Browse our list of internship opportunities. This page is updated frequently so please check back.
Since 1966, Palomarin has been training the next generation of conservation scientists through intensive field-based internships. These post-baccalaureate internships teach landbird research techniques and data-driven solutions to conservation challenges. Palomarin is among the longest running bird observatories in North America, with a rich history as a leader in studying the impact of environmental change on birds. Interns completing our program leave with a comprehensive knowledge base, including the ability to design and implement conservation research, communicate research to the public, and ensure data are incorporated effectively into data management systems and resource management planning efforts.
Palomarin’s Intern Training Program has a global influence, having prepared over 500 interns from over 22 countries for careers in academic research, applied conservation, natural resource management, and beyond, with approximately 80% of intern alumni developing careers these fields, the majority related to birds.
Interns will learn key concepts and skills in the following six areas:
- Field methods in ecological and conservation research with emphasis on mist netting, bird banding, nest monitoring and territory mapping of songbirds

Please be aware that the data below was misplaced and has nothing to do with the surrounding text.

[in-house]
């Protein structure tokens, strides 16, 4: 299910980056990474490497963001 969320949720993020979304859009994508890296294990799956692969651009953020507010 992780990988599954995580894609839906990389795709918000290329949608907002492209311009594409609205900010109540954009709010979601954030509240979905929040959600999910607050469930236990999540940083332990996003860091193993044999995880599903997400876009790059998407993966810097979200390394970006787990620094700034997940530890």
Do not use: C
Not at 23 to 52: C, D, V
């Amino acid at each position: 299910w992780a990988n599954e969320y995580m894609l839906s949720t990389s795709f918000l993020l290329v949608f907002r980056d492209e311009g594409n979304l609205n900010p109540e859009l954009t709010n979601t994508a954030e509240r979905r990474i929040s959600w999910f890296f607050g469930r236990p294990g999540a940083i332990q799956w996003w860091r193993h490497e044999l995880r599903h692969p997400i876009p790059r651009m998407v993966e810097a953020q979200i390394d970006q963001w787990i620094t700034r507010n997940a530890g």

- Understanding the scientific process and the role of natural history observation in guiding meaningful research and conservation
- Critical thinking and evaluation of research and conservation
- Climate-smart conservation
- Best practices in science interpretation
- Skills and advances in data management and data integrity
At the end of the internship, interns will demonstrate synthesis of their new knowledge by completing a final project.
Qualifications: Self-motivation, a sense of humor, and the desire to spend long hours in the field and office are required. Participants must be able to work independently as well as in groups. Exposure to poison oak is unavoidable. A functioning pair of binoculars is required. Some of our internships require the use of a personal vehicle, current proof of insurance, and a driver's license. Any use of personal vehicles will be reimbursed at a standard per-mile rate.
Duration: Internships are between 5-6 months at a time, during three seasons: breeding season (Mar to Jul/Aug), fall migration (Aug to Nov/Dec), winter (Nov to Mar). Applicants must be able to commit to the full period.
Compensation: This is a voluntary training position that includes a stipend to offset living expenses while on the project ($800 per month, gross) and communal housing is provided.